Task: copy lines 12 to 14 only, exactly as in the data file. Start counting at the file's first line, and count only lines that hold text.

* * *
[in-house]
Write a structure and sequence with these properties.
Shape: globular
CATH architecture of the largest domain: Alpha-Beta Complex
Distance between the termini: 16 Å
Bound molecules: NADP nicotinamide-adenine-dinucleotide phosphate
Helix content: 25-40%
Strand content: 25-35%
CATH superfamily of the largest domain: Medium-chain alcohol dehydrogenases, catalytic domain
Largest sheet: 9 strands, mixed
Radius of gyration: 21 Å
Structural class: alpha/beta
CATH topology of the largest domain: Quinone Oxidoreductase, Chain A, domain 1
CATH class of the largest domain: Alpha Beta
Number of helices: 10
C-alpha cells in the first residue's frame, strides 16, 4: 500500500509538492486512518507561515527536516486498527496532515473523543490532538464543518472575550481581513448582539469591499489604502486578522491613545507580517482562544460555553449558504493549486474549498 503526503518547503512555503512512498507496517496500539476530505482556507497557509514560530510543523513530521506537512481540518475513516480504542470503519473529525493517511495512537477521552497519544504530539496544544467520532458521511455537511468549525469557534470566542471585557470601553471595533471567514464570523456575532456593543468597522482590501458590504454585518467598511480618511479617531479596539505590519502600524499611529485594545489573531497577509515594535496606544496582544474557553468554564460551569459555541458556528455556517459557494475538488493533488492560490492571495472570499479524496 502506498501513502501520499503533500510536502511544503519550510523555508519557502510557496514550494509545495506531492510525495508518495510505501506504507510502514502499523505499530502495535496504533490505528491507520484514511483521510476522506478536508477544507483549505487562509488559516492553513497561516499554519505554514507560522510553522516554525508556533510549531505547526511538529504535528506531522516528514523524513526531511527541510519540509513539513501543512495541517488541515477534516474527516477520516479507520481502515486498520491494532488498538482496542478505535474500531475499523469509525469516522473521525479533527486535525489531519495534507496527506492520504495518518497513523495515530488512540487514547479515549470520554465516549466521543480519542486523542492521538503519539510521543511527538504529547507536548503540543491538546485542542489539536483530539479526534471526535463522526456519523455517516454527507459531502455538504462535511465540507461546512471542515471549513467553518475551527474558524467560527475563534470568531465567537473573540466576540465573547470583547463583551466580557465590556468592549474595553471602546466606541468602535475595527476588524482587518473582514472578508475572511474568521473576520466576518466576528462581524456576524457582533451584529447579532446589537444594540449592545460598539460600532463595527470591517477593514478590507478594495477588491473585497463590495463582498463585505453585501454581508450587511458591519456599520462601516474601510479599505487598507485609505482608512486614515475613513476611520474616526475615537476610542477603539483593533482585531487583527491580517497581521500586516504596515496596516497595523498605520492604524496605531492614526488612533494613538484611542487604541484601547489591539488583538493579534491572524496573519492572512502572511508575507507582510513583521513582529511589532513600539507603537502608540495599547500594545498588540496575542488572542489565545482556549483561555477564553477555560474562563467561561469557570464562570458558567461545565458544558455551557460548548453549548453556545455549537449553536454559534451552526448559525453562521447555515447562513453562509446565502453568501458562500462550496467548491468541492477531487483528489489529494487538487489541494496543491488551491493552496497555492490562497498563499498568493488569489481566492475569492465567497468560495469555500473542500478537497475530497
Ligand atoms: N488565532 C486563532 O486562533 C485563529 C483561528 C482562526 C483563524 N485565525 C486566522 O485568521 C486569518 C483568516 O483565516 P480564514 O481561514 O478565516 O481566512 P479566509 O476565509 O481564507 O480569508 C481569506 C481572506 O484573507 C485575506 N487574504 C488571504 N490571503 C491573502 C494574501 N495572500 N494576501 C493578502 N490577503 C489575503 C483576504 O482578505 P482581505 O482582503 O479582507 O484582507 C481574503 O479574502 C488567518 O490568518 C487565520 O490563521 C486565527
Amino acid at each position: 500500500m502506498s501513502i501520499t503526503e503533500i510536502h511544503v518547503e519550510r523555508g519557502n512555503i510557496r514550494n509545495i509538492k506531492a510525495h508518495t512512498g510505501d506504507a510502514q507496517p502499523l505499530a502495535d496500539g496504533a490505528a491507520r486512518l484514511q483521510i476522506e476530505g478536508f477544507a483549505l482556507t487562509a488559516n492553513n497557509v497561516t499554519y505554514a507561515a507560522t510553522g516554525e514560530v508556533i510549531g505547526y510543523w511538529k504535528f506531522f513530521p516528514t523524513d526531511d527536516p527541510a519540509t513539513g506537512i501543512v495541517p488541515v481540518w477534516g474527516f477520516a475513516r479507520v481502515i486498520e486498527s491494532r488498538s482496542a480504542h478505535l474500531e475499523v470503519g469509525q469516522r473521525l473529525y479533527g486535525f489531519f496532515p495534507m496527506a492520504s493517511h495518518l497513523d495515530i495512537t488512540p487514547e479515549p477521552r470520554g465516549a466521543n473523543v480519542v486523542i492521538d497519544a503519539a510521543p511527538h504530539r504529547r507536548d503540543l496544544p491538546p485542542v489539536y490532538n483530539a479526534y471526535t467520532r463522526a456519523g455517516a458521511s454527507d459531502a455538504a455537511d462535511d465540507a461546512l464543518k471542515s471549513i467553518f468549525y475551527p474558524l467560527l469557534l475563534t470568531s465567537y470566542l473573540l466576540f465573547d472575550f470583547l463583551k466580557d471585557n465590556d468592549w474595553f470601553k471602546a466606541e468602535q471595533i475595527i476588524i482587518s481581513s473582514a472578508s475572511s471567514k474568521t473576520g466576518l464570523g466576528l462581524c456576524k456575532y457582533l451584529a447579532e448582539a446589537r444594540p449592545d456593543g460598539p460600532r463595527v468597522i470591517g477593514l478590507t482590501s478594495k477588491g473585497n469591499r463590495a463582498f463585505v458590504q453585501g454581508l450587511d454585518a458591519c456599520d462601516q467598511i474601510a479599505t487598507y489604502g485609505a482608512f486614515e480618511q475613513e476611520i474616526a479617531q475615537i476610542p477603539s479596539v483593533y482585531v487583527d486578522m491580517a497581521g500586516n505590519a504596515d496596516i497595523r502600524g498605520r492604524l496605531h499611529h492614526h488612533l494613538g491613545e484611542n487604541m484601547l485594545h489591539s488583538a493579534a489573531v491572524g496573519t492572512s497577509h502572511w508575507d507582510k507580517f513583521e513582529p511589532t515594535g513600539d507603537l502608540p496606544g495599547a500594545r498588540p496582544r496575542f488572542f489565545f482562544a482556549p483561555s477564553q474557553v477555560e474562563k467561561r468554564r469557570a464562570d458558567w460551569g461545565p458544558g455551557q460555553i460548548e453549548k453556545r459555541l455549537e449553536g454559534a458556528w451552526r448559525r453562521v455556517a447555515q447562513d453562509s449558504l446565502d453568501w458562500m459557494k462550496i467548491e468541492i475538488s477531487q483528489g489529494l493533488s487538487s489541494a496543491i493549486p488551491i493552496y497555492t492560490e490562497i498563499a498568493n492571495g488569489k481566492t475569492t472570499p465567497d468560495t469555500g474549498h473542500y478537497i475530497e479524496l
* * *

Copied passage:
Structural class: alpha/beta
CATH topology of the largest domain: Quinone Oxidoreductase, Chain A, domain 1
CATH class of the largest domain: Alpha Beta